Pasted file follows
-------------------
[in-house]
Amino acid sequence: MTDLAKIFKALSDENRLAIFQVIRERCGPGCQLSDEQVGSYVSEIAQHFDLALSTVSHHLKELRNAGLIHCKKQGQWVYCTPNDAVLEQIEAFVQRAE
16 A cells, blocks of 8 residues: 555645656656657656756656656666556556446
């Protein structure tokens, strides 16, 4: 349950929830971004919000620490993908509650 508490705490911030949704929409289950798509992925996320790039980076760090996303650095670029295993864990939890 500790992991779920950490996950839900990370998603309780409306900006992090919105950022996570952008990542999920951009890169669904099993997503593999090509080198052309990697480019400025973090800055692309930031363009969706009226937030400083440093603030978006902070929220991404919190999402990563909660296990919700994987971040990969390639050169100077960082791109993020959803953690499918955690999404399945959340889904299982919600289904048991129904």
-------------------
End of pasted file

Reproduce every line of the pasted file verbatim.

[in-house]
Amino acid sequence: MTDLAKIFKALSDENRLAIFQVIRERCGPGCQLSDEQVGSYVSEIAQHFDLALSTVSHHLKELRNAGLIHCKKQGQWVYCTPNDAVLEQIEAFVQRAE
16 A cells, blocks of 8 residues: 555645656656657656756656656666556556446
């Protein structure tokens, strides 16, 4: 349950929830971004919000620490993908509650 508490705490911030949704929409289950798509992925996320790039980076760090996303650095670029295993864990939890 500790992991779920950490996950839900990370998603309780409306900006992090919105950022996570952008990542999920951009890169669904099993997503593999090509080198052309990697480019400025973090800055692309930031363009969706009226937030400083440093603030978006902070929220991404919190999402990563909660296990919700994987971040990969390639050169100077960082791109993020959803953690499918955690999404399945959340889904299982919600289904048991129904």